This book opens with the reading of Kemal’s will, and, as you might expect, there’s a mysterious recipient—Seda Melkonian. Neither Kemal’s son Mustafa nor his grandson Orhan knows who Seda is, but she has inherited the family home. Also, Orhan has inherited the family business, which, under Turkish law, rightfully belongs to his father. Orhan travels to an Armenian nursing home in California to persuade Seda to sell the family home back to him. We discover that Orhan is essentially oblivious to the Armenian genocide that took place in Turkey during WWI. Seda’s story of survival and of her relationship with Kemal occupies the majority of the pages in the book. There’s very little that’s surprising in the plot, and the genocide coverage is mostly limited to the experiences of Seda’s family. Still, the story is moving and well told, and Orhan knows from his own experience what it’s like to be persecuted without cause. Orhan may be the title character, but he’s not the primary character by a longshot. That distinction belongs to Seda. Her supporting characters are Kemal and Fatma, an elderly family member whose role in the family history becomes known late in the novel. The story is tragic, but the author maintains a clear-eyed tone that educates the reader, as Seda educates Orhan, about events that are not widely known. I have not read it, but Chris Bohjalian’s The Sandcastle Girls also addresses this forgotten piece of history. Sometimes fiction has just as much, or more, power to enlighten us as nonfiction.
Wednesday, March 29, 2017
Only Ian McEwan could write a novel whose first-person narrator hasn’t been born yet—or named, for that matter. In fact, I’m not sure that his parents know that their unborn child is a boy. From inside Trudy’s womb, our narrator, who speaks like an erudite adult, is the proverbial fly on the wall who witnesses the hatching of a murder plot. Yep, it sounds like Hamlet, because Claude is Trudy’s lover, and he is the brother of estranged husband John, the intended victim. Trudy and Claude are bumbling, would-be murderers, and, as best I could tell, they don’t really even have a strong motive. Anyway, the novelty of having an in-utero narrator is very appealing; he’s listening at the keyhole of every conversation between the two conspirators and trying to decipher how this scheme is going to work out for him. Claude and Trudy plan to put him up for adoption, and the baby expresses a clear preference for staying with his mother, despite her obvious lack of a moral compass and complete disregard for the health of the fetus; she drinks like a fish, and the poor kid can barely keep his wits about him, especially since he’s now positioned upside down. Plus, living in another household might be far preferable to being born and raised in prison. This book is very clever, with a cheeky baby spouting forth opinions on everything from wine to preferred foreign refuges for fleeing felons, with or without extradition agreements. And Ian McEwan’s prose and dialog never disappoints: “What’s said hangs in the air, like a Beijing smog.”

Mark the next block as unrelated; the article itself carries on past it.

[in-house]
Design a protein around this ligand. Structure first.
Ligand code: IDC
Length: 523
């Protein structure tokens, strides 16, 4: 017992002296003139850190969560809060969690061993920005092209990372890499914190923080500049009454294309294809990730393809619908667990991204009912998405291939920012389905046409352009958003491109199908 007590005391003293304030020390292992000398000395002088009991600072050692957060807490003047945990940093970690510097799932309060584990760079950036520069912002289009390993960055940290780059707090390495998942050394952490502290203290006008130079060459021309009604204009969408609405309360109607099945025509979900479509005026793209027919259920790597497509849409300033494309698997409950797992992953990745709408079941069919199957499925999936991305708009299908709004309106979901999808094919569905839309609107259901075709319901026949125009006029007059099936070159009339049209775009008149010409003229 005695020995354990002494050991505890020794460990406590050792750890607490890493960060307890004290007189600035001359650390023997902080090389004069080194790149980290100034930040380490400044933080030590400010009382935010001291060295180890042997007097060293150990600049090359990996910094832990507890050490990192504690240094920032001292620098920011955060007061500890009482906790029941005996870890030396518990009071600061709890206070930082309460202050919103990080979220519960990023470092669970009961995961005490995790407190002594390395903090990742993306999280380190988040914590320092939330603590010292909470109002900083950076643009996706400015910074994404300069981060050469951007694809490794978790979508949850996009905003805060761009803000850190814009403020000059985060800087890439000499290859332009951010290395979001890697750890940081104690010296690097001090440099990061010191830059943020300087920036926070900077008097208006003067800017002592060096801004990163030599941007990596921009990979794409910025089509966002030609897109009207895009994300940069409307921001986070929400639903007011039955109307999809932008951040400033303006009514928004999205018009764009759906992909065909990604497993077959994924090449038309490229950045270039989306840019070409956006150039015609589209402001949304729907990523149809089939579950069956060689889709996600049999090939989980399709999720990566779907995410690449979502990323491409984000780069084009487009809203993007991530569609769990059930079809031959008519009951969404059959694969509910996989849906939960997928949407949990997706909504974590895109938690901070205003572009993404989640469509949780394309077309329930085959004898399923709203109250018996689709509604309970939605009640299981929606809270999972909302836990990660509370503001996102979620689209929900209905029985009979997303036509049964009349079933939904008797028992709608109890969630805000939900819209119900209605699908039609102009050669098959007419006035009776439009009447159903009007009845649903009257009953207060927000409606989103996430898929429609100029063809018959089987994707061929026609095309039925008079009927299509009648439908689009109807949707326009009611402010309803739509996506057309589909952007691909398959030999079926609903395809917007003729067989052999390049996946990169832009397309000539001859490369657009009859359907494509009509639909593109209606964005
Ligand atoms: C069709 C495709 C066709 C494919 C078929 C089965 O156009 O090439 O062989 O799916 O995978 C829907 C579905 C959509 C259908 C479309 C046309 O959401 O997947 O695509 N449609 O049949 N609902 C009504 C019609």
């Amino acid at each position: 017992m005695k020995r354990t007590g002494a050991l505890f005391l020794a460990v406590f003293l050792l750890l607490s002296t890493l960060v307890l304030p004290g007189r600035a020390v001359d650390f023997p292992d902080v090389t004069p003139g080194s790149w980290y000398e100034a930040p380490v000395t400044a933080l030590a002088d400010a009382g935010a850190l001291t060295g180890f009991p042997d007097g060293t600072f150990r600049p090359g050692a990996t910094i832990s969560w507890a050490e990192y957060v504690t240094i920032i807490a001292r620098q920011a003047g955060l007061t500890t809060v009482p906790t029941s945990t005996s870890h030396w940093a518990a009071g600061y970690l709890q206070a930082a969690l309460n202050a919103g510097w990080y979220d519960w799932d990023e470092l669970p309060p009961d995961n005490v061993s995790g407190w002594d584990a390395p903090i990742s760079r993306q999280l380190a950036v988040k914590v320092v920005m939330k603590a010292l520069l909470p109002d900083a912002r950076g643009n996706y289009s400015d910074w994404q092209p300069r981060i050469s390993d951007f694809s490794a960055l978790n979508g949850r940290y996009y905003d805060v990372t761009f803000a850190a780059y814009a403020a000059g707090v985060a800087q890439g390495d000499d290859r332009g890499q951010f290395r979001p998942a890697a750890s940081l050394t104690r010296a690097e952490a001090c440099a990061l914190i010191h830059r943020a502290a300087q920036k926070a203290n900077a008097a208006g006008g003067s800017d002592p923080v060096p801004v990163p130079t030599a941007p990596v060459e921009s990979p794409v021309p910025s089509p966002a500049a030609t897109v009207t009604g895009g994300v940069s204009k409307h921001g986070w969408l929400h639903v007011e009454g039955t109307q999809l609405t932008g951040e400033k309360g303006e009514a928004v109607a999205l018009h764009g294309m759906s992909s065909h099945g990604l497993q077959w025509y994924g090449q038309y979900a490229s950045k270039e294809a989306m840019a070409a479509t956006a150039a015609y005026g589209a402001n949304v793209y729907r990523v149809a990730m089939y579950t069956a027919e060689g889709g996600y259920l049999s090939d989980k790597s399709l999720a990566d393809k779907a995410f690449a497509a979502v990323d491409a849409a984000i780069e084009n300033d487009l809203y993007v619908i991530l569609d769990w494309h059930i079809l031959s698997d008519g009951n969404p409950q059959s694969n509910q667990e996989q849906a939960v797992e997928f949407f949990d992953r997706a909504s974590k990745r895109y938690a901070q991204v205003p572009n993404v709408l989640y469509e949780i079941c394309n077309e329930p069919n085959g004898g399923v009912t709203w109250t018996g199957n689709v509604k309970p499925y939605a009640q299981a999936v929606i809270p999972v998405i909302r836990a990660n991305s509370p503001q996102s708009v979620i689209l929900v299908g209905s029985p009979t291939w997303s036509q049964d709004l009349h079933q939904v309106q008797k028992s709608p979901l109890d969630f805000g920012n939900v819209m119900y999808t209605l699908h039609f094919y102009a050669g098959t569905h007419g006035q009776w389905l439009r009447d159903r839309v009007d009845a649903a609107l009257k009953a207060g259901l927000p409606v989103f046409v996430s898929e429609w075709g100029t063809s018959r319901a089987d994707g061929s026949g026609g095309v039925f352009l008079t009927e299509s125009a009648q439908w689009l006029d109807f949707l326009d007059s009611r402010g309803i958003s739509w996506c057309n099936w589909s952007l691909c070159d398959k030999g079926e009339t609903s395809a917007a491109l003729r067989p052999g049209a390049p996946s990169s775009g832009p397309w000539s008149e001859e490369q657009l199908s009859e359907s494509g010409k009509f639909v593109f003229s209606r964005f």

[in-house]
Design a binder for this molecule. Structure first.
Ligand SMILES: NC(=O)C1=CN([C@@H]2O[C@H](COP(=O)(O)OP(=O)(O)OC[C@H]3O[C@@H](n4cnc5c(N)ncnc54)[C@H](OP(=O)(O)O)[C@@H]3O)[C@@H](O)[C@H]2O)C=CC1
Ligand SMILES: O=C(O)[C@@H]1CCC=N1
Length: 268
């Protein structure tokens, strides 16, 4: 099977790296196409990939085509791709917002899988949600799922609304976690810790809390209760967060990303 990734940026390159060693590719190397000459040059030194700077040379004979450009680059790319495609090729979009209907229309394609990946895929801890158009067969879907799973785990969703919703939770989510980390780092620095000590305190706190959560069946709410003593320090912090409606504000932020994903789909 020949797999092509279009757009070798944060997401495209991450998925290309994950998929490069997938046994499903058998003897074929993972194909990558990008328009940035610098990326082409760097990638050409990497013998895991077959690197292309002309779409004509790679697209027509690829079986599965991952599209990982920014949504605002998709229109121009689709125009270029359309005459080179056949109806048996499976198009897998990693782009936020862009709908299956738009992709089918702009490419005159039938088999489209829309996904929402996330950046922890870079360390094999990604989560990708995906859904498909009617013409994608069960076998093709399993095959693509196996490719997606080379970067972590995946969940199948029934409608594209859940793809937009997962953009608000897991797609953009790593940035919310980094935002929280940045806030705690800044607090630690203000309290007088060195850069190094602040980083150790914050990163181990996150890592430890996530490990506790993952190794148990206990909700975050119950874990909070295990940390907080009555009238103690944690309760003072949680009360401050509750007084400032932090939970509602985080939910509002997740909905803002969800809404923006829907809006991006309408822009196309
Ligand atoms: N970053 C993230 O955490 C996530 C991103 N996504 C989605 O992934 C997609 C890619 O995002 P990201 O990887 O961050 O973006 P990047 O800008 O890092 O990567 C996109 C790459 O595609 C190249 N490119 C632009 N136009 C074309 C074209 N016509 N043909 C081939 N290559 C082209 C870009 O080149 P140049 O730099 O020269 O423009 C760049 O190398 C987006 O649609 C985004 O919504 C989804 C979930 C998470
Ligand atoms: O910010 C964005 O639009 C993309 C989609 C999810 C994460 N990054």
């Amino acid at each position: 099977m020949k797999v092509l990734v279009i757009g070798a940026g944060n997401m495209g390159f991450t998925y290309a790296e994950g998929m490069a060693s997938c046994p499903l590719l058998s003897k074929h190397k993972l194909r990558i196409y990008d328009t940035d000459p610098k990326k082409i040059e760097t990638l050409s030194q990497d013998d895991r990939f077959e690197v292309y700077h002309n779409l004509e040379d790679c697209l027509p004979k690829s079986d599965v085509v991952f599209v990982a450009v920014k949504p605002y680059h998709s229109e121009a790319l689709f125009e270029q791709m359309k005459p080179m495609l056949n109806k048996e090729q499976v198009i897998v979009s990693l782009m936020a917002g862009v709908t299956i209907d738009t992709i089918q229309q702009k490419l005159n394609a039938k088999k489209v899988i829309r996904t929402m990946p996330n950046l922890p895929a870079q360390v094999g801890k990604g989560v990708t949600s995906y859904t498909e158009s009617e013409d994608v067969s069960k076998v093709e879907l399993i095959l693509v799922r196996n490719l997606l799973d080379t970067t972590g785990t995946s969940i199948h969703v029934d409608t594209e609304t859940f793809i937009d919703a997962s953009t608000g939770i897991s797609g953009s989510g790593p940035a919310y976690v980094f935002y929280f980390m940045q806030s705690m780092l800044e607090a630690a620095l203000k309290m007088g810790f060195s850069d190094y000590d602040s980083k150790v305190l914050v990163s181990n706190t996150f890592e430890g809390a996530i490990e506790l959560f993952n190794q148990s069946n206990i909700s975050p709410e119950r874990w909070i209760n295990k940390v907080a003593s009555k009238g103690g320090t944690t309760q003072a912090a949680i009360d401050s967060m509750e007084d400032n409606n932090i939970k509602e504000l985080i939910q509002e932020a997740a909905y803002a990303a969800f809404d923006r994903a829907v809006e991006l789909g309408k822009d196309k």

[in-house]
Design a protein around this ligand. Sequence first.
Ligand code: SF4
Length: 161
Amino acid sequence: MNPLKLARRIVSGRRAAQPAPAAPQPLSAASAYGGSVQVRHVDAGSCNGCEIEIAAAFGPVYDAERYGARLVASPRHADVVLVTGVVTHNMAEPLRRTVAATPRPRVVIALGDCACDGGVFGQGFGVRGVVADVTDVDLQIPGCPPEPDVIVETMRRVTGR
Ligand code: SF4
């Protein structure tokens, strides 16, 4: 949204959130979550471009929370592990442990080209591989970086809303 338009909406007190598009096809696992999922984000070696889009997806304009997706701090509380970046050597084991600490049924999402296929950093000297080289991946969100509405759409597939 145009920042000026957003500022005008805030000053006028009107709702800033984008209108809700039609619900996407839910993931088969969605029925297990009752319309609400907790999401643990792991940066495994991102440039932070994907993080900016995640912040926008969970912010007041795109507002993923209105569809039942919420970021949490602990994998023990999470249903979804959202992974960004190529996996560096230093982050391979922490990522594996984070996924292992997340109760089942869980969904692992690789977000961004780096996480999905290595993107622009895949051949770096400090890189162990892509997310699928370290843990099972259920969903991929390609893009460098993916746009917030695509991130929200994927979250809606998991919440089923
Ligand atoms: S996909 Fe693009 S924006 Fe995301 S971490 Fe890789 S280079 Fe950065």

Sunday, March 26, 2017
Four young siblings—two boys and two girls—left to their own devices are definitely a recipe for disaster. One of the fondest memories of Jack, the narrator, is of an afternoon when their parents left them unsupervised to go to a funeral. The kids had a blast! Then their father dies, and their mother becomes ill. The children play doctor and engage in other questionable activities (Jack stops bathing), which become even more frequent and more warped after their mother passes away. The kids make the decision not to tell the authorities, for fear that the family will be broken up. They are no longer reveling in their freedom, but neither are they showing any level of newfound maturity. Julie is the de facto leader of the bunch, since she is the oldest, but she certainly does not rise to the occasion. Reviews have compared this book to Lord of the Flies, but this novel about children running amok is shocking in a completely different way. A High Wind in Jamaica also comes to mind, but this book is disturbing without being violent or even scary. Published in 1978, it’s very edgy even by today’s standards, and I dashed through it, desperate to know the fate of these rudderless youngsters. McEwan never shies away from a topic just because it is uncomfortable, and this book will definitely make you squirm.
Wednesday, March 22, 2017
Alexandra Hammond is a frazzled mother, more frazzled than most because her elder daughter, Tilly, is on the autism spectrum. The younger daughter, Iris, is the main narrator, recounting the family’s life at Camp Harmony, a camp for families with difficult children. The Hammonds take a leap of faith, joining two other families who are also at their wits’ end, as camp residents, performing chores and helping the director, Scott Bean, run the camp. Scott is a self-proclaimed expert on managing children like Lilly, and he’s not half-bad at it, until things at the camp start to unravel. The irony of it all is that the kids he’s trying to help are the biggest obstacles to the camp’s success. They make decisions that are ill-advised at best, but, under the circumstances, their choices, mostly pranks, have devastating consequences. In some ways, Scott may seem to be selling snake oil, convincing sane people to abandon everything for a life in the woods. However, we all know what it feels like to be desperate for someone or something to solve a seemingly insurmountable problem. Tilly has been expelled from every school she’s ever attended, including those for special-needs kids. Alexandra finally resorts to home-schooling, but Tilly is more than just a handful; she’s a danger to herself. And that brings me to my only real beef with this story: why do these difficult children spend so much time unsupervised at camp? Tilly in particular is devious but probably doesn’t understand what that means, and Iris is only 11. Tilly is obviously not capable of looking out for Iris, and Iris is too young to be much of a rational influence on Tilly. In fact, Iris goes along with some of Tilly’s bad ideas, even aiding and abetting at times. To me, both girls were mean and selfish. Fortunately for them, their parents are very loving and forgiving.